Bruce Springsteen's reunion with the E Street Band and their subsequent tour was not only welcomed by legions of ardent fans, but it also stood out as one of the few alternatives to the teen pop bands that have flooded the arena touring market of late. In New Jersey, the band performed for an unprecedented 15 sold-out nights last July and August at the Continental Airlines Arena at the Meadowlands. Fans would show up in the morning and spend the day tailgating and walking along the mock boardwalk that had been set up in the parking lot. If the band had opted to perform on a stage in that same lot, it's doubtful that anyone would have complained.
Having worked as Springsteen's LD for the past 15 years, Jeff Ravitz is well aware that a light show is the last thing the fans would expect--or want--to see. It is to his credit, and that of lighting director Gregg Maltby, that the show's lighting is both functional and subtly complementary of the music. At appropriate points, the lighting is even daringly stark and moody for a modern rock show--so when all the house lights come up for "Born to Run," the widespread illumination makes the moment that much more powerful.
Despite the LD's long history with Springsteen, getting the show to this point was not easy this time out. "When we began planning this tour, I met with Bruce very briefly. He was in the process of band rehearsals, and he gave me about 10 minutes at the most," Ravitz says. "He outlined the elements about the lighting in previous shows that he'd liked, and that he wanted to see reproduced in this show as well.
"About two weeks later, we had a phone conversation to elaborate a little bit more on the lighting, and also to take some of the scenic concepts a little further," he continues. "But the net result of that conversation was that Bruce said, 'What you did last time, I liked; let's just do that again.' He was never much more specific than that, so I felt that I had my marching orders."
However, Springsteen's last arena tour in 1992 was without the E Street Band. "That was a very different show to begin with," Ravitz says. "It had been seven years since the previous tour, The Tunnel of Love. Since then, there had been lots of technological and stylistic advances in lighting. We took that show and made it state-of-the-art, within the parameters of the taste and the aesthetic that Bruce Springsteen has always stood for. Still, there was a lot of movement, gobos, and very strong, powerful visual statements in a way that he had not had before--and he loved it. He absolutely ate it up."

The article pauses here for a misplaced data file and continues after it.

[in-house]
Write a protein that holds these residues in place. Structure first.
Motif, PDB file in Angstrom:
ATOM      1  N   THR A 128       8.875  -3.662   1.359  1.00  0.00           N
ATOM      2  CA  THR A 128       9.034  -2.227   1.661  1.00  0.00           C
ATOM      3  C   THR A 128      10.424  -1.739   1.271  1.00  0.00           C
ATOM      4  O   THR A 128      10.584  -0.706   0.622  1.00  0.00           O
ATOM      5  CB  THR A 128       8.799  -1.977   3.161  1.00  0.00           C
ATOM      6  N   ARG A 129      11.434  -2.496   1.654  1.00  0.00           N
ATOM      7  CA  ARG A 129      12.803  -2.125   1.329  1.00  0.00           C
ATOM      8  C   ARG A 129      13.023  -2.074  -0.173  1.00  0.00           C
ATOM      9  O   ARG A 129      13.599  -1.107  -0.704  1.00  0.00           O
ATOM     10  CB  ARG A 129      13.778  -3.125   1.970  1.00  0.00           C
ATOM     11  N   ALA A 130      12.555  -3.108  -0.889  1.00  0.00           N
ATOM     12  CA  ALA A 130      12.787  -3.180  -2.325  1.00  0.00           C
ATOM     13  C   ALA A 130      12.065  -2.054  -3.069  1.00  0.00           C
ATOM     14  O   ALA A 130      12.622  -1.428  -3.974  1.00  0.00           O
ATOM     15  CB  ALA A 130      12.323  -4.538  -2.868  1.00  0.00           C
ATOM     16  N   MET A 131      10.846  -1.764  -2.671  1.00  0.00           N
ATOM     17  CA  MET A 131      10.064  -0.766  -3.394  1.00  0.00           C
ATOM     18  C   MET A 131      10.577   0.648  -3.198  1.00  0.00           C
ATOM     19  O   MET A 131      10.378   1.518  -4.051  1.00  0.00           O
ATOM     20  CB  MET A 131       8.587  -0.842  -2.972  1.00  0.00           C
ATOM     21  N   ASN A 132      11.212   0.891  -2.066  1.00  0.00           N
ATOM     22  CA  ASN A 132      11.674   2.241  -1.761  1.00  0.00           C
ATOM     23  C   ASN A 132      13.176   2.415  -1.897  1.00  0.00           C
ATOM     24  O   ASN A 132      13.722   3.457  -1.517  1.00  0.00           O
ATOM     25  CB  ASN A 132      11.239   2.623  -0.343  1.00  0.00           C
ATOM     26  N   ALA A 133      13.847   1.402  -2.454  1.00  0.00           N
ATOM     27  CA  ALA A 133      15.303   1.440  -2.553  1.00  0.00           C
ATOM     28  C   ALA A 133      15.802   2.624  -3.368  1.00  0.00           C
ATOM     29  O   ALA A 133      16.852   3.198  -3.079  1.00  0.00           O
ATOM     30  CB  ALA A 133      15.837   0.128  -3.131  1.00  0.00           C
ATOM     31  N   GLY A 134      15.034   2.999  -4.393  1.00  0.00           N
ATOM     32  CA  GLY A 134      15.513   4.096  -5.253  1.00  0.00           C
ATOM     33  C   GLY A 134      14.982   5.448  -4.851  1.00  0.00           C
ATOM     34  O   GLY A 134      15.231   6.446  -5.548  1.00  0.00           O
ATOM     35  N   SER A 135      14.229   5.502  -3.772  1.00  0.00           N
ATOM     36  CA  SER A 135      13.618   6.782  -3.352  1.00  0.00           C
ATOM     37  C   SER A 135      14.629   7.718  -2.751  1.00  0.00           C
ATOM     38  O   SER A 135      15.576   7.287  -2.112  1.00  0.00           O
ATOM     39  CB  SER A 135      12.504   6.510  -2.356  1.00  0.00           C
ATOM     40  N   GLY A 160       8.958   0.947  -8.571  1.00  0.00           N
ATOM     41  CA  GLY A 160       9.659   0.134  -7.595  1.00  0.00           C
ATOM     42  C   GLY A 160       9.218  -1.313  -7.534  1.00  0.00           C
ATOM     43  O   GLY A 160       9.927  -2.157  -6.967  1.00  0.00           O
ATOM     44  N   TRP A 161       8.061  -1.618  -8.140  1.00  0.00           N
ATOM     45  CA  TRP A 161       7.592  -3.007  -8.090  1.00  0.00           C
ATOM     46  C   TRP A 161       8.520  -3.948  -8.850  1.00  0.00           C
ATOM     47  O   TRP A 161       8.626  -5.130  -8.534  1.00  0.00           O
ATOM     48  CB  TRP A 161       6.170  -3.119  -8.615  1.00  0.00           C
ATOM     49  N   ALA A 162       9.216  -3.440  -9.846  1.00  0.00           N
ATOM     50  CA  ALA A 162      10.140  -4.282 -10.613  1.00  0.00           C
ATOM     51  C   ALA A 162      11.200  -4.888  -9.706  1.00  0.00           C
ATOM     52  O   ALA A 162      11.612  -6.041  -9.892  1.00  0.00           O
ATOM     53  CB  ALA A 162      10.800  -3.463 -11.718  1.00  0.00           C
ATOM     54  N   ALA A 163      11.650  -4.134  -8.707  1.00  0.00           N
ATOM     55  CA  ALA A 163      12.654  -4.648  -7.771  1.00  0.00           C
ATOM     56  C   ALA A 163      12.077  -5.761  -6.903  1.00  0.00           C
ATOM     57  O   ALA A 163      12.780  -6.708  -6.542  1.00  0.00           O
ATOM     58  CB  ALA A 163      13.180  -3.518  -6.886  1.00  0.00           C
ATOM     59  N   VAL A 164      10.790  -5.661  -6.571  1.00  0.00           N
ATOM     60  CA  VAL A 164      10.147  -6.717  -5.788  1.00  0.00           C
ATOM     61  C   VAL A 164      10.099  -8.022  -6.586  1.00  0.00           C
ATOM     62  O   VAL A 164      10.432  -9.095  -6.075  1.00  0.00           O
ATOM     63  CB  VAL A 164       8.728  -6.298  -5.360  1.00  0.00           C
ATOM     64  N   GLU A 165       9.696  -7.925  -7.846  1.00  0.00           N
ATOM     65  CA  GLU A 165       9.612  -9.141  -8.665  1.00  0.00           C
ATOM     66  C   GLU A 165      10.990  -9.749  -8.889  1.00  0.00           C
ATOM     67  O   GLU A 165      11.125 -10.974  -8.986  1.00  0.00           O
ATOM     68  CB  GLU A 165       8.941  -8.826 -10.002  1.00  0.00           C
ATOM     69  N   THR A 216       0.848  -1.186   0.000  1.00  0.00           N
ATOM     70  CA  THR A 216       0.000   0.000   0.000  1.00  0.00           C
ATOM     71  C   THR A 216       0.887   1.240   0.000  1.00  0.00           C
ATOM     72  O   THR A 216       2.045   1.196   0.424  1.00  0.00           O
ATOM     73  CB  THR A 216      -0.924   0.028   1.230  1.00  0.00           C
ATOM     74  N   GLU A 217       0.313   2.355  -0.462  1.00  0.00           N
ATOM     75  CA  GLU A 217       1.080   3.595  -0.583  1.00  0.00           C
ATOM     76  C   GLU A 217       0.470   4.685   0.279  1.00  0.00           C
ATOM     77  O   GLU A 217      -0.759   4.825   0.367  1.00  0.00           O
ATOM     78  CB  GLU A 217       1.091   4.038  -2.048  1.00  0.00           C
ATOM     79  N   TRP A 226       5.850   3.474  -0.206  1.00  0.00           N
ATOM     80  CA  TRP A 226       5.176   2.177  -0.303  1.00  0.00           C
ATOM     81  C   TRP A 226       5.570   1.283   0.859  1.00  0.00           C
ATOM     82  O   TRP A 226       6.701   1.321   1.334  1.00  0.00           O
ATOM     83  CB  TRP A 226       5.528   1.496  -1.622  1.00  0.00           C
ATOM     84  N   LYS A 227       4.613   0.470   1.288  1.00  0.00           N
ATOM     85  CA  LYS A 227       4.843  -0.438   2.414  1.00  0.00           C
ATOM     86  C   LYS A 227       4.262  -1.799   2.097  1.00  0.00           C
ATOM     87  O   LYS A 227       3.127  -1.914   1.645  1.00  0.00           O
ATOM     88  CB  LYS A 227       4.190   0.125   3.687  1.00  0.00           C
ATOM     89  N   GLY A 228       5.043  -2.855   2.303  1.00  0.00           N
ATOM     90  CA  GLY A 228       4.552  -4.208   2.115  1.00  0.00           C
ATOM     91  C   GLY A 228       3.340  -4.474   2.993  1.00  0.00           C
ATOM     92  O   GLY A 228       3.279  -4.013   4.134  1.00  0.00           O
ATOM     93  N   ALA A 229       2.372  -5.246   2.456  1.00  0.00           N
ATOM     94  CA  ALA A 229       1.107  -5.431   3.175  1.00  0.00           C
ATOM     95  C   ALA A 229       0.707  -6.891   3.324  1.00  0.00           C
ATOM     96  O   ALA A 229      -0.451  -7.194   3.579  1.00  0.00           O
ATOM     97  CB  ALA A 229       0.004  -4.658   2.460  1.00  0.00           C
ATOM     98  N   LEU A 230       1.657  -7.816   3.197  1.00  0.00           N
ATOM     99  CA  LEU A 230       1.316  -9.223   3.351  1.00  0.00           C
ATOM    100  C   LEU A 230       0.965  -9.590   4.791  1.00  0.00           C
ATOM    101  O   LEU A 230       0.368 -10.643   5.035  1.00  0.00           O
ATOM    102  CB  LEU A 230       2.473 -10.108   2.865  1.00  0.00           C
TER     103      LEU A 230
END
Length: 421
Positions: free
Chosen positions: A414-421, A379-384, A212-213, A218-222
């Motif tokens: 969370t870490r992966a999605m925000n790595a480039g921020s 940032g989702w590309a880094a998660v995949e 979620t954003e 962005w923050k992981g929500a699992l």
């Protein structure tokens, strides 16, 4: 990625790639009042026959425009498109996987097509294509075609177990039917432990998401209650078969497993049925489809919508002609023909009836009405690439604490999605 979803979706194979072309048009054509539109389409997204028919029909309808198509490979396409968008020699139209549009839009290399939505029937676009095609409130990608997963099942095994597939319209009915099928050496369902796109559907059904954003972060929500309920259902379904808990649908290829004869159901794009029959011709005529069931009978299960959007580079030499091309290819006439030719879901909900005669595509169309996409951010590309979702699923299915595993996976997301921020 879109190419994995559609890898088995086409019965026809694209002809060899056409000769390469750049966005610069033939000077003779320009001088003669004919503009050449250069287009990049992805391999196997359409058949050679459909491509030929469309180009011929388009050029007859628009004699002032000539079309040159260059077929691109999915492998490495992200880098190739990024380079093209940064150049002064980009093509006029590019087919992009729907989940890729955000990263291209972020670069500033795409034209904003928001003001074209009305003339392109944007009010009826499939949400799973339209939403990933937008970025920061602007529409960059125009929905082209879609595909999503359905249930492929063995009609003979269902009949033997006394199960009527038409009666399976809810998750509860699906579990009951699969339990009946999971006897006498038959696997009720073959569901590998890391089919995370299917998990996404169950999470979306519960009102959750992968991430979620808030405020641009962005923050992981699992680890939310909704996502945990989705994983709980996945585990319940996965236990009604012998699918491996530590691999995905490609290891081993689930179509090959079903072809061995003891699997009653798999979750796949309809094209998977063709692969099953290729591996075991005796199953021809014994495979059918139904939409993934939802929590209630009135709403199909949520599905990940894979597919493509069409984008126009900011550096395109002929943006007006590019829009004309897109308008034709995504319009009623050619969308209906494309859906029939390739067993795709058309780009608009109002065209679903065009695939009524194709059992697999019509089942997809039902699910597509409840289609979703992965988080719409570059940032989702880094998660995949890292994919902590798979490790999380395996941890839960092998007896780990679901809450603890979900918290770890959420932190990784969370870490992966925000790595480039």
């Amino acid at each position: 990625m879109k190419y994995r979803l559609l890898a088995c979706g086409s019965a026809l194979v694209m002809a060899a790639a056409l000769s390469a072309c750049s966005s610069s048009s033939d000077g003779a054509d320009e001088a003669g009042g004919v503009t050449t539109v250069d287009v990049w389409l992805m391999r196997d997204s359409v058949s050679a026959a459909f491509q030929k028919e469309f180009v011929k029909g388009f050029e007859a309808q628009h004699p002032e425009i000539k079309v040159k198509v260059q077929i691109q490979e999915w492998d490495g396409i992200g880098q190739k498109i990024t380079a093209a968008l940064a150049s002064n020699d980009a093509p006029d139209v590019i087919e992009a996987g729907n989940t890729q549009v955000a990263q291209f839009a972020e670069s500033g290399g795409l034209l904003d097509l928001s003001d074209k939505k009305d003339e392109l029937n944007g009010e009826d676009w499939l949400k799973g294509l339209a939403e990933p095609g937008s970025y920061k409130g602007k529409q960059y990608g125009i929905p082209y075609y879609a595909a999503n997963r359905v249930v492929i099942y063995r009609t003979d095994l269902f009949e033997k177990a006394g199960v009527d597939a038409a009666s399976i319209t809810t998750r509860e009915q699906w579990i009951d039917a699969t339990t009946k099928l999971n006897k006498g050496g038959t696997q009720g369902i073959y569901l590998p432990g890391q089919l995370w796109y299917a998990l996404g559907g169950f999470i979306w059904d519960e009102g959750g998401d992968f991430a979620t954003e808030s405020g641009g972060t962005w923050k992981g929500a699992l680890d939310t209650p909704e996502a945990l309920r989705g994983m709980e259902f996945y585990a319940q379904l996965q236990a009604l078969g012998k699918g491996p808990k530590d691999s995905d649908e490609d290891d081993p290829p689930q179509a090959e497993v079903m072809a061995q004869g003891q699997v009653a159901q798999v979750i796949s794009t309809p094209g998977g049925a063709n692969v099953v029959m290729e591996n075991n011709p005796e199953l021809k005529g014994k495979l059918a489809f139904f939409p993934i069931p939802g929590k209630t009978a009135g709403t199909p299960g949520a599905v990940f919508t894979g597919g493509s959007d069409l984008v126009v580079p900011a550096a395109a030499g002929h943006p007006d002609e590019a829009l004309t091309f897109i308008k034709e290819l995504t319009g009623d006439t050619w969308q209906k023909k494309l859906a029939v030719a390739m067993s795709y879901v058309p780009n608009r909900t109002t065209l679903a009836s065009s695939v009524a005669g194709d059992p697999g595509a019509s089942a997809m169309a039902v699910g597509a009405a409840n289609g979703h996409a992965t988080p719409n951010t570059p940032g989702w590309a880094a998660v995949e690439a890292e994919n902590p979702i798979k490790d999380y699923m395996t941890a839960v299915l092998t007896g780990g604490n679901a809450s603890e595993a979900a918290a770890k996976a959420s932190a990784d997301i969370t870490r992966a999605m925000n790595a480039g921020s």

But fast forward to the planning of this reunion tour: Springsteen's tastes had changed. "None of us understood how that particular combination of him working with the E Street Band and maturing in his own right was going to change his approach to the show--not even him," Ravitz says. "I don't believe that in those early conversations he had any idea that he was going to have the aesthetic coming-around that he had. So I designed a very large system, one that had most of the technology that I enjoy using today. With Bruce I've never actually been constrained by a dollar budget. We always kind of work backwards. We design a system based on the prevailing concept and price it out and see how that feels."
Ravitz works that out with tour director George Travis. "George has been with Bruce for many years, so he always has a feel for what's right. He knows that this is not a bare-bones tour by any stretch of the imagination, that it has to be big and powerful with a lot of the contemporary elements that are out there today," Ravitz says. "But he also doesn't want the show to look ostentatious in its demand to have every gadget and gizmo that's available--he's really sensitive to that.